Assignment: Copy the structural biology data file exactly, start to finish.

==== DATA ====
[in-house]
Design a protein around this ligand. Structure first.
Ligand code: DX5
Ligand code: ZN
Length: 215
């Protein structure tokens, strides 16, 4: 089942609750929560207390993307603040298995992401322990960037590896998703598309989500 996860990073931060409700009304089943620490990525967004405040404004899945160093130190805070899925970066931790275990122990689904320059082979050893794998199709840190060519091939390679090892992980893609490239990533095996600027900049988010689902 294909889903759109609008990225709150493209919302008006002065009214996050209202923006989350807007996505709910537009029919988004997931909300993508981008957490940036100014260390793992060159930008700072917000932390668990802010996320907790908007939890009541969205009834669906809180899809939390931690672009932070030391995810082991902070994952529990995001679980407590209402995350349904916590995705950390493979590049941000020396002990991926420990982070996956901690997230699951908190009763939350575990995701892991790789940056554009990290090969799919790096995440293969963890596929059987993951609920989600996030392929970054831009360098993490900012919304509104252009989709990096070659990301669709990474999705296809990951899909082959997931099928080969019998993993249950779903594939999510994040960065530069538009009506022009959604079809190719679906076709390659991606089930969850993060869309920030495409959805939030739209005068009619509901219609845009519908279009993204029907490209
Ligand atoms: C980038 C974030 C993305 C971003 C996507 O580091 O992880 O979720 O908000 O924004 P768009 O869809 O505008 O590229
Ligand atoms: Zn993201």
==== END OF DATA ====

[in-house]
Design a protein around this ligand. Structure first.
Ligand code: DX5
Ligand code: ZN
Length: 215
């Protein structure tokens, strides 16, 4: 089942609750929560207390993307603040298995992401322990960037590896998703598309989500 996860990073931060409700009304089943620490990525967004405040404004899945160093130190805070899925970066931790275990122990689904320059082979050893794998199709840190060519091939390679090892992980893609490239990533095996600027900049988010689902 294909889903759109609008990225709150493209919302008006002065009214996050209202923006989350807007996505709910537009029919988004997931909300993508981008957490940036100014260390793992060159930008700072917000932390668990802010996320907790908007939890009541969205009834669906809180899809939390931690672009932070030391995810082991902070994952529990995001679980407590209402995350349904916590995705950390493979590049941000020396002990991926420990982070996956901690997230699951908190009763939350575990995701892991790789940056554009990290090969799919790096995440293969963890596929059987993951609920989600996030392929970054831009360098993490900012919304509104252009989709990096070659990301669709990474999705296809990951899909082959997931099928080969019998993993249950779903594939999510994040960065530069538009009506022009959604079809190719679906076709390659991606089930969850993060869309920030495409959805939030739209005068009619509901219609845009519908279009993204029907490209
Ligand atoms: C980038 C974030 C993305 C971003 C996507 O580091 O992880 O979720 O908000 O924004 P768009 O869809 O505008 O590229
Ligand atoms: Zn993201």